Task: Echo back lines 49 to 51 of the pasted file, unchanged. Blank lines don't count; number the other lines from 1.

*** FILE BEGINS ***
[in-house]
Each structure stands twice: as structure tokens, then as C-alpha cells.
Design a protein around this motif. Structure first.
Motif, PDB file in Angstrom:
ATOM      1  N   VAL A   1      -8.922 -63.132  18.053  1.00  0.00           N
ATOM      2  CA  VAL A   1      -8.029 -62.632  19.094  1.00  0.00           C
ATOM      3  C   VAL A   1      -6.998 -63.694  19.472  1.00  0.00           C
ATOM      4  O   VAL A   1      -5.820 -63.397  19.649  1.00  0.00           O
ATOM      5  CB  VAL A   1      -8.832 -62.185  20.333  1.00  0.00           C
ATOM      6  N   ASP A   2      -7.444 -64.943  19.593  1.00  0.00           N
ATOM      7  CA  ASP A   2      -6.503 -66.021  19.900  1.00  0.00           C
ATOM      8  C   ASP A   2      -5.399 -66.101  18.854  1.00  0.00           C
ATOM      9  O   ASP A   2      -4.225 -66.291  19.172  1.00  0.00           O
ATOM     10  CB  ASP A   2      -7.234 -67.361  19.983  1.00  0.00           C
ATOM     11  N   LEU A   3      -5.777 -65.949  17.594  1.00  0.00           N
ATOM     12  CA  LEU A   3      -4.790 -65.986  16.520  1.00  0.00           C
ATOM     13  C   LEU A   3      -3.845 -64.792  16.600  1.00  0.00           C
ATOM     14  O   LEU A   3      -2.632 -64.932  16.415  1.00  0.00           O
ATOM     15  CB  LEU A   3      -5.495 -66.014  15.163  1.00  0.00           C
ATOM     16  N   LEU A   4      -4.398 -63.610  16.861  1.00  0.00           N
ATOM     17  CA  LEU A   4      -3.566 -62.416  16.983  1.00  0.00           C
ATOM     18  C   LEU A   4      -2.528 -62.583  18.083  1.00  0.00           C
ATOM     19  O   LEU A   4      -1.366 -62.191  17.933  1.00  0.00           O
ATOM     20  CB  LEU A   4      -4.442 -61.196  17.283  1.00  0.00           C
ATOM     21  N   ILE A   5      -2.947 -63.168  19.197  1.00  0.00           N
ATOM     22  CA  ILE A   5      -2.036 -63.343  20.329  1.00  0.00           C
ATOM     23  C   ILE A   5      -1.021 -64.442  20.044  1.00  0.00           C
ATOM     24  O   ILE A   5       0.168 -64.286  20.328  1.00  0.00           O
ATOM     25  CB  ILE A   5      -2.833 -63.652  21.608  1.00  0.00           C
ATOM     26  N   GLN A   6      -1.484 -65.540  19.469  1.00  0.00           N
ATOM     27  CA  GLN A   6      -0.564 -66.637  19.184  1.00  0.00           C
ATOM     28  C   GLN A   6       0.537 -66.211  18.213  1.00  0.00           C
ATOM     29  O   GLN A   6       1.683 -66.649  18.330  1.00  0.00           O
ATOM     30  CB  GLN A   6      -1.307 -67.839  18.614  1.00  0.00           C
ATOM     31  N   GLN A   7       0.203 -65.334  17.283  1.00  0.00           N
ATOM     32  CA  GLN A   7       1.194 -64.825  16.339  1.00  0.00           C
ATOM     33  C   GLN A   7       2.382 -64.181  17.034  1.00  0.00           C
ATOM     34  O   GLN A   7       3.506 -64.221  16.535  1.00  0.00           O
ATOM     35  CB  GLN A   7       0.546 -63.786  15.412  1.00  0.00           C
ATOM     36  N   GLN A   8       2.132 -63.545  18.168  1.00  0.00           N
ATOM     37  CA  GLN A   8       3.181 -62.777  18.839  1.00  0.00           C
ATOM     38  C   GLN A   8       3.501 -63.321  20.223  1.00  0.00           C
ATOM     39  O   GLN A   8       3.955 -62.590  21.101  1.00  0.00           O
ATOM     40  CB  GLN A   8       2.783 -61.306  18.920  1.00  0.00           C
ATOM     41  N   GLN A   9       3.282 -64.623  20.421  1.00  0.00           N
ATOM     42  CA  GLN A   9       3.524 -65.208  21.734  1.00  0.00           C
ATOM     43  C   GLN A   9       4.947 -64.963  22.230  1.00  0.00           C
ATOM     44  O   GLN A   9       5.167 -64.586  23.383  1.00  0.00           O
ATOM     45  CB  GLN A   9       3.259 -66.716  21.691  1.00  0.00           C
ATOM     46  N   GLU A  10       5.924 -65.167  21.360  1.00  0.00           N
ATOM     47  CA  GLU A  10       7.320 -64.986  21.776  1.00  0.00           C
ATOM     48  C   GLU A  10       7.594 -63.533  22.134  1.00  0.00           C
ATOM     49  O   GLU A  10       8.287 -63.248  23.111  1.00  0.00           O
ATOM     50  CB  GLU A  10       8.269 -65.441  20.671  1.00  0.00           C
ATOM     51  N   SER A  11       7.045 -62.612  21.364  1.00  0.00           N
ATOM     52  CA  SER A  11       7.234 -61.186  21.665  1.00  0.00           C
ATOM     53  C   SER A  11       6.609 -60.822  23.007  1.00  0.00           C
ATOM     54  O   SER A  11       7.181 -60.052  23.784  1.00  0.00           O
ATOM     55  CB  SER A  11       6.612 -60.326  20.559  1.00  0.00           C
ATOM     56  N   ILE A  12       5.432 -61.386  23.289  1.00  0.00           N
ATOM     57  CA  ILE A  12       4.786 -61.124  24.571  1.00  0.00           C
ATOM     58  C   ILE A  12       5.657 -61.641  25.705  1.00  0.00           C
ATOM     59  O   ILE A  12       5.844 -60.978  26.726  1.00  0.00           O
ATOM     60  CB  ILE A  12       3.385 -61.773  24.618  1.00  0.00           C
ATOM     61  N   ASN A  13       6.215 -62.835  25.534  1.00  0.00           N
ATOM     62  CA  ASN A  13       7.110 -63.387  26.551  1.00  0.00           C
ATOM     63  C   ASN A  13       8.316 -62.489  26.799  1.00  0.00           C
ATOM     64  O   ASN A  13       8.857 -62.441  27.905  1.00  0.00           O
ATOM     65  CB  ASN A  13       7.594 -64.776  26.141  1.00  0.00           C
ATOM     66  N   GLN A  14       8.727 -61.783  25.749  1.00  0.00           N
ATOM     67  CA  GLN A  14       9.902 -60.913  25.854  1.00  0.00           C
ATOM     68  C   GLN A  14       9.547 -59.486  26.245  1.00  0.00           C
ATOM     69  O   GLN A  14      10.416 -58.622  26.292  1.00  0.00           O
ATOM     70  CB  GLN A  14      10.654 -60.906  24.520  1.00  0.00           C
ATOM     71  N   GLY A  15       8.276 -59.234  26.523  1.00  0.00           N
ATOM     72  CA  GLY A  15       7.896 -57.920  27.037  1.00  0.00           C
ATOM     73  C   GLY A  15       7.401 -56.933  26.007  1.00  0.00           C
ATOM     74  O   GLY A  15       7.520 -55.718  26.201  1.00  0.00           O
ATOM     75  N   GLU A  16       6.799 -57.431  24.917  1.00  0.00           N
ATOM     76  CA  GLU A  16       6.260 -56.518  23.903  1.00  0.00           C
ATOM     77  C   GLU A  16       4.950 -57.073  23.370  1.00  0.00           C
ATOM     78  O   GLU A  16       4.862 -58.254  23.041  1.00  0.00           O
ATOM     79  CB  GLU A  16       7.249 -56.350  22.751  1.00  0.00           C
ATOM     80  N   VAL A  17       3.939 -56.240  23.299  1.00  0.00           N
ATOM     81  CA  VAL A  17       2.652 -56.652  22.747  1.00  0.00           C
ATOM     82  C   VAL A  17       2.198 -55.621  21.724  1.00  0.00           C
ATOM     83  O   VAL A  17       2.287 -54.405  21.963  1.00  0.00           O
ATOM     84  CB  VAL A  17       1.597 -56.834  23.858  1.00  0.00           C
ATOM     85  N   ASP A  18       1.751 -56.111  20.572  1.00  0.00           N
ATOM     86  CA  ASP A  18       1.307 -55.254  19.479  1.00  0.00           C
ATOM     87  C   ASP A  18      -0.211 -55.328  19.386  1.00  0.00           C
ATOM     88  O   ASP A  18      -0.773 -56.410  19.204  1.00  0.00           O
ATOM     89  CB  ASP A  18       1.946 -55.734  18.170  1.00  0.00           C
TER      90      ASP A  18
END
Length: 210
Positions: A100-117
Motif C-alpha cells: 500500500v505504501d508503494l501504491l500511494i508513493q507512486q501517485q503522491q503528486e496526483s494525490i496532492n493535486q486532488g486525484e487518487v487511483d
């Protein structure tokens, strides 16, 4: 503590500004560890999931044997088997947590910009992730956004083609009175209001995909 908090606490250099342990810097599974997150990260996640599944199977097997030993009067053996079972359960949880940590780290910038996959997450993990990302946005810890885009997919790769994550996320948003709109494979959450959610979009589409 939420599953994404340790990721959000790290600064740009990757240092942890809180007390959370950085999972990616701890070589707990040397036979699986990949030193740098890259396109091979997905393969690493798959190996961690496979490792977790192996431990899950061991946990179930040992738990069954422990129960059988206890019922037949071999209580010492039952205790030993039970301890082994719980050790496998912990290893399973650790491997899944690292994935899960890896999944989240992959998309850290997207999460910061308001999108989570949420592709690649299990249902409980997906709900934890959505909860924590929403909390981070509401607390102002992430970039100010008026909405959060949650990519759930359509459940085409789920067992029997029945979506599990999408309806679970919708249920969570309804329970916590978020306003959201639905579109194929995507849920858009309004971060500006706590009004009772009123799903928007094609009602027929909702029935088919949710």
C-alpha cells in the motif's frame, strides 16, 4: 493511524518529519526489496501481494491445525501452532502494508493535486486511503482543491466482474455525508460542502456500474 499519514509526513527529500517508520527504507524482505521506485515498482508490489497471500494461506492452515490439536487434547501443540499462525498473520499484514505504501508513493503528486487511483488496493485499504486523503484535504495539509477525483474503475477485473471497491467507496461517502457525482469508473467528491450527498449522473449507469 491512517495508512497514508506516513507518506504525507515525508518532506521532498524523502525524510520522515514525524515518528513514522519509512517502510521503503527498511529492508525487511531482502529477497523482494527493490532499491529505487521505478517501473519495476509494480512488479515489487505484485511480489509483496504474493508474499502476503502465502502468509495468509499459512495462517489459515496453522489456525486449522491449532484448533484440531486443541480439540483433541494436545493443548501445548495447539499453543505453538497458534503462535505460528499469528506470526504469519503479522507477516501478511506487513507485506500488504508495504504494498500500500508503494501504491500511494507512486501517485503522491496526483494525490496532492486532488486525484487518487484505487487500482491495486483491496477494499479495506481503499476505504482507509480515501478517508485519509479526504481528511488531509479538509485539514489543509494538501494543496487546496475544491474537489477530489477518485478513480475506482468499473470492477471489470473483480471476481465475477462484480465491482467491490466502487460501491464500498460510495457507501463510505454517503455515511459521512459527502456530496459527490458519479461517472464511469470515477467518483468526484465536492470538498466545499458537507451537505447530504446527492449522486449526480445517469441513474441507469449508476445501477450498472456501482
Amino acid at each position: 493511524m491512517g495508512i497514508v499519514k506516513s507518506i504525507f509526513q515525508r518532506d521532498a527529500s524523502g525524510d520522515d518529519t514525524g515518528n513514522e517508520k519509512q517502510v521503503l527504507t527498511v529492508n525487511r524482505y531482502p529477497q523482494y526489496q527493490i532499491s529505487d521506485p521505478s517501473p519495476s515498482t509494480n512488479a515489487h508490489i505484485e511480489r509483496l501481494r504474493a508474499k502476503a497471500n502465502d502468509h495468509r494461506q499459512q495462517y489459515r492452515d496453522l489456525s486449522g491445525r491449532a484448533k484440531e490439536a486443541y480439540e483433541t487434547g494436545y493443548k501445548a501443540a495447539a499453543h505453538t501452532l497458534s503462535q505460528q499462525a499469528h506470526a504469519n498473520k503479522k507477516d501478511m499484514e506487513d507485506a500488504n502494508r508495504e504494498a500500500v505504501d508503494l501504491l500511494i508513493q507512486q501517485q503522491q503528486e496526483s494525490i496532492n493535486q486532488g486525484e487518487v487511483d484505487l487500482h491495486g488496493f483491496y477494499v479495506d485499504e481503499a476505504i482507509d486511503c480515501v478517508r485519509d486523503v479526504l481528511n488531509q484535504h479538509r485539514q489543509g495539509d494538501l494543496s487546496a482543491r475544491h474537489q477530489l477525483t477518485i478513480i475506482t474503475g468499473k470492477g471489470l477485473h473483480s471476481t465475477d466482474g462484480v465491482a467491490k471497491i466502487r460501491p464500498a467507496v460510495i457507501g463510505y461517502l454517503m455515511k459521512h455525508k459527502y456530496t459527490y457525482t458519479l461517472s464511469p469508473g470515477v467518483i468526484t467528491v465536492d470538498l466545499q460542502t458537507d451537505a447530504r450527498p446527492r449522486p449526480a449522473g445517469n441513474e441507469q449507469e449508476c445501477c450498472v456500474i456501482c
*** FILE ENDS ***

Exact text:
ATOM     45  CB  GLN A   9       3.259 -66.716  21.691  1.00  0.00           C
ATOM     46  N   GLU A  10       5.924 -65.167  21.360  1.00  0.00           N
ATOM     47  CA  GLU A  10       7.320 -64.986  21.776  1.00  0.00           C